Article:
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|University Hospital of Basel, Switzerland|
|Keynote: J Allergy Ther|
|Asthma is the most frequent chronic lung disease and affects over 250 million people worldwide with no curative therapy available. Moreover, the incidence of asthma is continually inclining and it is estimated to double every ten years by the WHO. Existing asthma drugs allow symptom control by only reducing inflammation and relaxing constricted airway smooth muscles, but they have no documented effect on airway wall remodeling. Thus, the hypothesis that airway wall remodeling results from chronic inflammation was questioned. Clinical studies indicated that airway wall remodeling occurs within days after airway provocation and is irreversible. Therefore, airway wall remodeling is today regarded as an independent pathology. Airway wall remodeling consists of at least four independent events: Derangement of epithelium; sub-epithelial fibroblasts hyperplasia and hypertrophy; extracellular matrix deposition by these fibroblasts and hyperplasia of airway smooth muscle cells. New studies provided evidence that the healthy epithelium actively suppresses activity and proliferation of sub-epithelial cells, and this function is significantly reduced in asthmatic airways. In turn, sub-epithelial cells become active, proliferate and secrete pro-inflammatory immune cell recruiting cytokines which increase the local inflammation. In addition, the sub-epithelial cells attempt to counteract inflammation by secreting more extracellular matrix, which leads to local tissue hypoxia and subsequently to vascularization of the thickened airway wall. Interestingly, most of these remodeling pathologies have recently been linked to the activation of epigenetic mechanisms including histone acetylation, protein methylation and mitochondria activity. Genetic studies failed to identify strong asthma susceptibility factors, but clearly indicated that the precondition to asthma is set early in life through epigenetic events, which can be handed down over three generations mainly through the maternal line. However, the nature of the mechanism(s) by which these epigenetic modifications become permanent in asthma have to be investigated and will present novel curative targets for therapy. Thus, understanding of the cause of airway wall remodeling in asthma is regarded today as the key to cure the diseases by many investigators.|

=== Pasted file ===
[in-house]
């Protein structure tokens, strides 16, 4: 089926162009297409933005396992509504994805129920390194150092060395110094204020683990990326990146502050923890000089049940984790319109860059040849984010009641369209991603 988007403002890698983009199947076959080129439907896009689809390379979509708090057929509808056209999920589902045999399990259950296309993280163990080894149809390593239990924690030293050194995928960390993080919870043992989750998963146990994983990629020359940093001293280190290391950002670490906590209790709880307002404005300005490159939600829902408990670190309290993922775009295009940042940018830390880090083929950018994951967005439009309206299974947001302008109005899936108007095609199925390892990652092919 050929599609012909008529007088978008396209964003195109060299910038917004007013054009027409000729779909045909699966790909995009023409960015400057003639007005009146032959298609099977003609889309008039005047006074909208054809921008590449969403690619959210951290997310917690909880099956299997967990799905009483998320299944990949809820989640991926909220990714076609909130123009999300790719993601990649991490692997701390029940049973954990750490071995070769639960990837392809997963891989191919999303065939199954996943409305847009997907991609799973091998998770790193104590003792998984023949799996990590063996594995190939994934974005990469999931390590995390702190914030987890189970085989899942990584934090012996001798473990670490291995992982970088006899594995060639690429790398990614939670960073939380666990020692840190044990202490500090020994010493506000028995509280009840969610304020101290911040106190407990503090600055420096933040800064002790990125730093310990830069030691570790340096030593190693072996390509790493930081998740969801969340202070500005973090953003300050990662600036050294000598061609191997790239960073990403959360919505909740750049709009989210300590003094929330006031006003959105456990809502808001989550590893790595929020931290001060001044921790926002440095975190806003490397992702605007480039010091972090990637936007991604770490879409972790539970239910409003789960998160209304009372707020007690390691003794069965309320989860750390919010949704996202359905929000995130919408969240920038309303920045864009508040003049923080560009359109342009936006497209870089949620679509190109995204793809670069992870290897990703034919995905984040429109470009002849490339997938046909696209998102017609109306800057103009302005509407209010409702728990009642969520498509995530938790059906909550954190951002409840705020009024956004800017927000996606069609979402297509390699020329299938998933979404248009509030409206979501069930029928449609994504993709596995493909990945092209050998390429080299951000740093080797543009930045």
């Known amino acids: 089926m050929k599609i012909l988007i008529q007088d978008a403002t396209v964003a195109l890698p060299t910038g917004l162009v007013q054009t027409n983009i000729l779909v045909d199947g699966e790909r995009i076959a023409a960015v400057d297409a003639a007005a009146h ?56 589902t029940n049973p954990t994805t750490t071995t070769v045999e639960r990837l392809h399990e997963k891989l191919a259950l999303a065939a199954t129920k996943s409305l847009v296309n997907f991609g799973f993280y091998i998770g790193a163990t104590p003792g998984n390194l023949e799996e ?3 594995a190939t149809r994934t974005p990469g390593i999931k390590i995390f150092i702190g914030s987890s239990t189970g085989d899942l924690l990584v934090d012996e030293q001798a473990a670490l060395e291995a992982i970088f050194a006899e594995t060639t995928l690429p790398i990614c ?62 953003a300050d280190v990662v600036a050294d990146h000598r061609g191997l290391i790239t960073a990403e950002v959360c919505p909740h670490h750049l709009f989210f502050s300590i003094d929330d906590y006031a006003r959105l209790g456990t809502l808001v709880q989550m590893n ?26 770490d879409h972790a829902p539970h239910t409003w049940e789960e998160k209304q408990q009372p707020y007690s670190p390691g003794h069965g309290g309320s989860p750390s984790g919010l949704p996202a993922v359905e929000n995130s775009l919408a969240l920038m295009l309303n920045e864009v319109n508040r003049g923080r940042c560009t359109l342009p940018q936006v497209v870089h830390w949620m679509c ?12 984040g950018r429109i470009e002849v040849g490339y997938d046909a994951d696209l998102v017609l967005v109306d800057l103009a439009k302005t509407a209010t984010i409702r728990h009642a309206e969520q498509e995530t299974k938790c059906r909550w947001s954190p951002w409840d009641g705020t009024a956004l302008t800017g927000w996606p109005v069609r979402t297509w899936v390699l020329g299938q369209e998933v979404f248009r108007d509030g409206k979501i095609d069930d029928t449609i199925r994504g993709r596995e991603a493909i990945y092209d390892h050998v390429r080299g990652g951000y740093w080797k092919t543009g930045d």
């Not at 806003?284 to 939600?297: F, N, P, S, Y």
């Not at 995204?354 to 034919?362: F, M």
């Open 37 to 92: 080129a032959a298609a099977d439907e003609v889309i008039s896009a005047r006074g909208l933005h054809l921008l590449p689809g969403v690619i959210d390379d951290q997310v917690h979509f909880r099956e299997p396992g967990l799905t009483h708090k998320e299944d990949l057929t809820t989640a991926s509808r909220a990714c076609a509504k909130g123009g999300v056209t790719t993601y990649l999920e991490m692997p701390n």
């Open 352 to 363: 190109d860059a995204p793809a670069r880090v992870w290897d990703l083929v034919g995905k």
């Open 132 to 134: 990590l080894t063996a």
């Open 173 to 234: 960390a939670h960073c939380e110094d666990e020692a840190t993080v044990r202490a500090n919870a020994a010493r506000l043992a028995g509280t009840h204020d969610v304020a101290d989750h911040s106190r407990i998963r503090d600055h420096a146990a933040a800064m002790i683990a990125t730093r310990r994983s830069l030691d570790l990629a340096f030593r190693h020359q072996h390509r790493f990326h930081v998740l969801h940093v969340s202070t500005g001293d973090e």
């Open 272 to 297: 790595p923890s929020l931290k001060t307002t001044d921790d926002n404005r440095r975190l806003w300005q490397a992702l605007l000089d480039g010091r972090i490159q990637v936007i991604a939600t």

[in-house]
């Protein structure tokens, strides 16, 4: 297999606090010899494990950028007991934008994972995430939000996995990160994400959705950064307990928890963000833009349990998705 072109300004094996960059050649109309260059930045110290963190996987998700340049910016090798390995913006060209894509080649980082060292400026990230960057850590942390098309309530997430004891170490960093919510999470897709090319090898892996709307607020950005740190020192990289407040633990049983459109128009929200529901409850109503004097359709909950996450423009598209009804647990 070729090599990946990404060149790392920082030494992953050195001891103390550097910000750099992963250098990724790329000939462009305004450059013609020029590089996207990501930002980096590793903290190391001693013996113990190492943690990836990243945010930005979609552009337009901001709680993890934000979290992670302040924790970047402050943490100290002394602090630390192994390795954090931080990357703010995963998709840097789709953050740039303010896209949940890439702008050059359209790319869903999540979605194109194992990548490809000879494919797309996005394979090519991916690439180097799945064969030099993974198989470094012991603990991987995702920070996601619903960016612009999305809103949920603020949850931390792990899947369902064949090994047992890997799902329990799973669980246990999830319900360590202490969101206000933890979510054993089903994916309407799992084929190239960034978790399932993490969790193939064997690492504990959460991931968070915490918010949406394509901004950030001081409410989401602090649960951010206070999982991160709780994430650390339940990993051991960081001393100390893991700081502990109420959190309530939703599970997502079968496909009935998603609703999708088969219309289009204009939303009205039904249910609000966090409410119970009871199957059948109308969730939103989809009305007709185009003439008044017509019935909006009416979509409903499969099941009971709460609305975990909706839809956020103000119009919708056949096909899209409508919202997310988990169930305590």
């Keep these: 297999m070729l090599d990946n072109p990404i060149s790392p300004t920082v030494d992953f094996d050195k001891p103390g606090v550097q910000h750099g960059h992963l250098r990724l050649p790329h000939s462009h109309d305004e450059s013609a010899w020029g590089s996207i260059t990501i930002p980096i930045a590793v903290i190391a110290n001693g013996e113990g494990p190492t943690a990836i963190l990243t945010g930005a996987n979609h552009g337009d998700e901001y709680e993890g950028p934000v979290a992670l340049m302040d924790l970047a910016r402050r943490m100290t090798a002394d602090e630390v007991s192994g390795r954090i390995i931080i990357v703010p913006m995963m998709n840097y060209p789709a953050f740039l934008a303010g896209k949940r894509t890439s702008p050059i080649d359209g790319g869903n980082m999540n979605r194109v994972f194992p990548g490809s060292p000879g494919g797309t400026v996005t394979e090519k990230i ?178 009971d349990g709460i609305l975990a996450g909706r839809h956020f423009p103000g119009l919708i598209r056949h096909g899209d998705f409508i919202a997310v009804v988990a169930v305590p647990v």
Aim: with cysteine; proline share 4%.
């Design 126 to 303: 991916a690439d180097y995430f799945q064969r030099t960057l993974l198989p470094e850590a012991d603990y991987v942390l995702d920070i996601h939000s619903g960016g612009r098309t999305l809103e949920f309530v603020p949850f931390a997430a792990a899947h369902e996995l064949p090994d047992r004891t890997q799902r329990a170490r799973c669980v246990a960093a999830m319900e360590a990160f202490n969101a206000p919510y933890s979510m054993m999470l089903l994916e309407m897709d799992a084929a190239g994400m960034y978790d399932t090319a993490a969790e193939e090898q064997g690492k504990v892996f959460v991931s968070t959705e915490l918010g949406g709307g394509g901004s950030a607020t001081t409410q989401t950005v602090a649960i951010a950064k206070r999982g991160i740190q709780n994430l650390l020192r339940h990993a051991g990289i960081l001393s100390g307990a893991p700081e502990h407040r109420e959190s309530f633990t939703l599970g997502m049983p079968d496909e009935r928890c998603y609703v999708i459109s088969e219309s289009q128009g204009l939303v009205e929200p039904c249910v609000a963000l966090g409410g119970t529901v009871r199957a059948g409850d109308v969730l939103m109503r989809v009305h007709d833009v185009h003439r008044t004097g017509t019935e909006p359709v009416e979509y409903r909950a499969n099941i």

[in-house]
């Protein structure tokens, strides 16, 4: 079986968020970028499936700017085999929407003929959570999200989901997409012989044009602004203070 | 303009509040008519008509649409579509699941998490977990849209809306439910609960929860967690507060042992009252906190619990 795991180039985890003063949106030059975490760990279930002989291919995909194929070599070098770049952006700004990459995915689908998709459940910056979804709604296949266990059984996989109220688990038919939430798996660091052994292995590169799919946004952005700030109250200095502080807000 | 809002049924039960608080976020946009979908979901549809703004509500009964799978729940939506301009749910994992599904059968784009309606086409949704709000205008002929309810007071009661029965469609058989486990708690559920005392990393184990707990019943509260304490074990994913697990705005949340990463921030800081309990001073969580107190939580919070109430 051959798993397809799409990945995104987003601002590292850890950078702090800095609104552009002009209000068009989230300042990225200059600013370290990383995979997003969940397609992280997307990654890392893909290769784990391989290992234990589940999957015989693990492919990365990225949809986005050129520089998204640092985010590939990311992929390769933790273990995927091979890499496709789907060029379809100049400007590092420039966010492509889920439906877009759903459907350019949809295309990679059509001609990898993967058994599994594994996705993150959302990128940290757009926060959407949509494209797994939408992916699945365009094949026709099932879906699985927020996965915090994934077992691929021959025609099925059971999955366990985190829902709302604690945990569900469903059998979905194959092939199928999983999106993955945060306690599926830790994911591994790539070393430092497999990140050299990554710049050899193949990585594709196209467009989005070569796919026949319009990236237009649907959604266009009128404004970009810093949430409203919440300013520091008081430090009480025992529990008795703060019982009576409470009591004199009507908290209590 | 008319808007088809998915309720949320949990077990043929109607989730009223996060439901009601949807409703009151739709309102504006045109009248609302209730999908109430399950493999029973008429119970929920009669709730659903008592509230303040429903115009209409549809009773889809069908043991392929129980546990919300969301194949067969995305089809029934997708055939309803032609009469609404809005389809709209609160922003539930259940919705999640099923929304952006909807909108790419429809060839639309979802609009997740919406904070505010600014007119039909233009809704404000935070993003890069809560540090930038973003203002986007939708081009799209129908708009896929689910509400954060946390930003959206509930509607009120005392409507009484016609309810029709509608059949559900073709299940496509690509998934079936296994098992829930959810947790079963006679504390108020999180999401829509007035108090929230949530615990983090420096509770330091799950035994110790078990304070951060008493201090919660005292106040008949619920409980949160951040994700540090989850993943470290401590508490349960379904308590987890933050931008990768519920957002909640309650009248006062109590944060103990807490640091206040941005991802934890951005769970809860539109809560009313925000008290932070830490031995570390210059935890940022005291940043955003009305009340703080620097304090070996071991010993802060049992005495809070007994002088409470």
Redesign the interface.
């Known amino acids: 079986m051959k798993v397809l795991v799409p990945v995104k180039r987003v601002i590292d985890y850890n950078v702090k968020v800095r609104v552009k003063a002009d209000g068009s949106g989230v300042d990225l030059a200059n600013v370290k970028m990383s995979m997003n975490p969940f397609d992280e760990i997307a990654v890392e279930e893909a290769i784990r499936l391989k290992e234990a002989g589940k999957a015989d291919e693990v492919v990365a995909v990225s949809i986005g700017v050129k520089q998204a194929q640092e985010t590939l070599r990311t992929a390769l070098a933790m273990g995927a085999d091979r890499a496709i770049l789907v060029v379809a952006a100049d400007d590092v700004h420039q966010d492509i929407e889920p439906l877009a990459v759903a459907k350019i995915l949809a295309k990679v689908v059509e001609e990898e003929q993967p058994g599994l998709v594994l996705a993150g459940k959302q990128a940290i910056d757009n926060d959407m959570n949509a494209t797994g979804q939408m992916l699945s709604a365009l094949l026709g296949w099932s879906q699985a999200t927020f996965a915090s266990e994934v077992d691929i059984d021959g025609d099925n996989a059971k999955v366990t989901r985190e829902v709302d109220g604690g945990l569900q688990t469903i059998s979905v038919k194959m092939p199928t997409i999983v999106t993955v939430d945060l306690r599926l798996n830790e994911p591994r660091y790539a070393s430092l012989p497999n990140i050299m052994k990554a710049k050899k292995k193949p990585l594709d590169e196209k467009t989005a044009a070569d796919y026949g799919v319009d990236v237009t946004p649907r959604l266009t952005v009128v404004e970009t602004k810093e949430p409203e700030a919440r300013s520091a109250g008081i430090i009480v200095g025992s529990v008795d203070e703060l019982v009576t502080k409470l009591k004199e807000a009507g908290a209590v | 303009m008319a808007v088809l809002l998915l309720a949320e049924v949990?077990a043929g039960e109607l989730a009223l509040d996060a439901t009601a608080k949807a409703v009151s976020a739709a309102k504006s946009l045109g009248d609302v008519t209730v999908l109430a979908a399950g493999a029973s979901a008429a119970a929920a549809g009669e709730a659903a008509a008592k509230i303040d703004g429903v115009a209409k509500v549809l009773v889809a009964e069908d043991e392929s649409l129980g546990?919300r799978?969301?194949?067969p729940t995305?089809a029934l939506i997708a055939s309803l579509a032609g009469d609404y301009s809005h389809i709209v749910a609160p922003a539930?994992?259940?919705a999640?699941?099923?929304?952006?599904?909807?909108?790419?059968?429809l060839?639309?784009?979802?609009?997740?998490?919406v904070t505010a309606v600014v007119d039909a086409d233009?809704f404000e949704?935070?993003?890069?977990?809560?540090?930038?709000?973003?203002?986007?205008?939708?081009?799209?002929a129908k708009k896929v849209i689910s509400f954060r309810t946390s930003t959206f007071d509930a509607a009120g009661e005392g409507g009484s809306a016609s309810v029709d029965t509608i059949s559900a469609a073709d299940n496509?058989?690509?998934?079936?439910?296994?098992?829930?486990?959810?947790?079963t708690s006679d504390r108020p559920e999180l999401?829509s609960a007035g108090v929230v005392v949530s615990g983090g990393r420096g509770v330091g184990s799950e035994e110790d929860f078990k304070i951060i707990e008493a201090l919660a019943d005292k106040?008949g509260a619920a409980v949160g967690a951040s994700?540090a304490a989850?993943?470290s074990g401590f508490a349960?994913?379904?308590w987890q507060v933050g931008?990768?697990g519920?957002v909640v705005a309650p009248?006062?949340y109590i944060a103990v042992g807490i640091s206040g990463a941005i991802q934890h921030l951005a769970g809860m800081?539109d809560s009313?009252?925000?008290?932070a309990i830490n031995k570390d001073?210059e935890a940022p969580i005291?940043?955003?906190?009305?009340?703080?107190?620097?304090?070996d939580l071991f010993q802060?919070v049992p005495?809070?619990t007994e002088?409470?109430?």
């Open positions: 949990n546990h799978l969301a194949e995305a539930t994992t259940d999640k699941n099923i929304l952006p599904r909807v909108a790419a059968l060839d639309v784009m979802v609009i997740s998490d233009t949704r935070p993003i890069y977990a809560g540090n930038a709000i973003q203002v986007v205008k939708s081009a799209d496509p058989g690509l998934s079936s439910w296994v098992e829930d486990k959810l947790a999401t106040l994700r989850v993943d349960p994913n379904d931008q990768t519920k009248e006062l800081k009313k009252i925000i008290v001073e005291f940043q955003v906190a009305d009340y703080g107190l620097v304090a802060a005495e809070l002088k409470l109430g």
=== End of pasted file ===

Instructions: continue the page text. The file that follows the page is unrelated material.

Michael Roth is currently working as the Head of Pulmonary Cell Research and Pneumology, University Hospital of Basel, Switzerland. He has completed his PhD from University of Basel. He has worked as a Visiting Professor and Associate Professor at University of Sydney for two years. He has published 148 articles in reputed journals.
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